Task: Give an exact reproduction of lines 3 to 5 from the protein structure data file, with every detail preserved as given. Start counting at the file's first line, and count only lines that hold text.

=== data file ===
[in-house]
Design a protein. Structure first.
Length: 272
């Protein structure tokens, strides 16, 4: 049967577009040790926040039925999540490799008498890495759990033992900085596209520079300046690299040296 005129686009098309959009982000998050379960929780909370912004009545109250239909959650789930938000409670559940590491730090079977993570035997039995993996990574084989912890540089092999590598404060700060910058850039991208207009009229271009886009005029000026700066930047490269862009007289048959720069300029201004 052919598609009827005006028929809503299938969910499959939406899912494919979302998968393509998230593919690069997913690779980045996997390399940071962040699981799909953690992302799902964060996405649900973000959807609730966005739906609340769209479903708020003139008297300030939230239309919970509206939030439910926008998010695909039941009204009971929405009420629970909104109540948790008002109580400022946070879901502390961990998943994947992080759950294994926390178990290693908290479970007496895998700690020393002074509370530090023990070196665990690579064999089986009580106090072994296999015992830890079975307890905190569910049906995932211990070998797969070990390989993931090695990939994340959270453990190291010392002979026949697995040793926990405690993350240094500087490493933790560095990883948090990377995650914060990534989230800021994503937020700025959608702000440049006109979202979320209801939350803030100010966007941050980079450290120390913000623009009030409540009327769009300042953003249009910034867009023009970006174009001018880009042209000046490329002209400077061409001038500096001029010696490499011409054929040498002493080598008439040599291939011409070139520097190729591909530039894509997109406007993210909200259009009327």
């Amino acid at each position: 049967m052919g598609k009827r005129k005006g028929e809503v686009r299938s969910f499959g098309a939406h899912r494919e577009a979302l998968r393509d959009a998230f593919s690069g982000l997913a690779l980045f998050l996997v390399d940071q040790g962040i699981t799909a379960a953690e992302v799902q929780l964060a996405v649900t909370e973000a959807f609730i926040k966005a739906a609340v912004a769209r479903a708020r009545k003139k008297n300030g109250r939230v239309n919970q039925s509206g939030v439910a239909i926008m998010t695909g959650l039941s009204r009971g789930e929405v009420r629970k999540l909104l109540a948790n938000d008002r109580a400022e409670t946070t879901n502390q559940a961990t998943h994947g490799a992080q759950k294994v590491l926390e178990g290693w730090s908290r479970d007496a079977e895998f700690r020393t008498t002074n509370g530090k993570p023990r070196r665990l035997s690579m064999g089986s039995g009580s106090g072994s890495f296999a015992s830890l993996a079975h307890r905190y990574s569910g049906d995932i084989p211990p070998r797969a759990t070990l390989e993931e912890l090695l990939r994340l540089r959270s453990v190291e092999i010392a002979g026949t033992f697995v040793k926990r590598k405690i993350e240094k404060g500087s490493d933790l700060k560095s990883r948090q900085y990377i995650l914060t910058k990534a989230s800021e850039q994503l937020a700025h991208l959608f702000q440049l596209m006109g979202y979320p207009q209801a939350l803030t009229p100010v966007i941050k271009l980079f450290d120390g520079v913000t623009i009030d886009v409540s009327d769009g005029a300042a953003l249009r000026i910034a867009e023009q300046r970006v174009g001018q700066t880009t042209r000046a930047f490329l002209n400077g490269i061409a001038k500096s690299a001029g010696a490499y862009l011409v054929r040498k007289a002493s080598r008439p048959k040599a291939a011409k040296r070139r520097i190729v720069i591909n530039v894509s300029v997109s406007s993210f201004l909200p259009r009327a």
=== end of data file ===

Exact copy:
Length: 272
């Protein structure tokens, strides 16, 4: 049967577009040790926040039925999540490799008498890495759990033992900085596209520079300046690299040296 005129686009098309959009982000998050379960929780909370912004009545109250239909959650789930938000409670559940590491730090079977993570035997039995993996990574084989912890540089092999590598404060700060910058850039991208207009009229271009886009005029000026700066930047490269862009007289048959720069300029201004 052919598609009827005006028929809503299938969910499959939406899912494919979302998968393509998230593919690069997913690779980045996997390399940071962040699981799909953690992302799902964060996405649900973000959807609730966005739906609340769209479903708020003139008297300030939230239309919970509206939030439910926008998010695909039941009204009971929405009420629970909104109540948790008002109580400022946070879901502390961990998943994947992080759950294994926390178990290693908290479970007496895998700690020393002074509370530090023990070196665990690579064999089986009580106090072994296999015992830890079975307890905190569910049906995932211990070998797969070990390989993931090695990939994340959270453990190291010392002979026949697995040793926990405690993350240094500087490493933790560095990883948090990377995650914060990534989230800021994503937020700025959608702000440049006109979202979320209801939350803030100010966007941050980079450290120390913000623009009030409540009327769009300042953003249009910034867009023009970006174009001018880009042209000046490329002209400077061409001038500096001029010696490499011409054929040498002493080598008439040599291939011409070139520097190729591909530039894509997109406007993210909200259009009327």
């Amino acid at each position: 049967m052919g598609k009827r005129k005006g028929e809503v686009r299938s969910f499959g098309a939406h899912r494919e577009a979302l998968r393509d959009a998230f593919s690069g982000l997913a690779l980045f998050l996997v390399d940071q040790g962040i699981t799909a379960a953690e992302v799902q929780l964060a996405v649900t909370e973000a959807f609730i926040k966005a739906a609340v912004a769209r479903a708020r009545k003139k008297n300030g109250r939230v239309n919970q039925s509206g939030v439910a239909i926008m998010t695909g959650l039941s009204r009971g789930e929405v009420r629970k999540l909104l109540a948790n938000d008002r109580a400022e409670t946070t879901n502390q559940a961990t998943h994947g490799a992080q759950k294994v590491l926390e178990g290693w730090s908290r479970d007496a079977e895998f700690r020393t008498t002074n509370g530090k993570p023990r070196r665990l035997s690579m064999g089986s039995g009580s106090g072994s890495f296999a015992s830890l993996a079975h307890r905190y990574s569910g049906d995932i084989p211990p070998r797969a759990t070990l390989e993931e912890l090695l990939r994340l540089r959270s453990v190291e092999i010392a002979g026949t033992f697995v040793k926990r590598k405690i993350e240094k404060g500087s490493d933790l700060k560095s990883r948090q900085y990377i995650l914060t910058k990534a989230s800021e850039q994503l937020a700025h991208l959608f702000q440049l596209m006109g979202y979320p207009q209801a939350l803030t009229p100010v966007i941050k271009l980079f450290d120390g520079v913000t623009i009030d886009v409540s009327d769009g005029a300042a953003l249009r000026i910034a867009e023009q300046r970006v174009g001018q700066t880009t042209r000046a930047f490329l002209n400077g490269i061409a001038k500096s690299a001029g010696a490499y862009l011409v054929r040498k007289a002493s080598r008439p048959k040599a291939a011409k040296r070139r520097i190729v720069i591909n530039v894509s300029v997109s406007s993210f201004l909200p259009r009327a």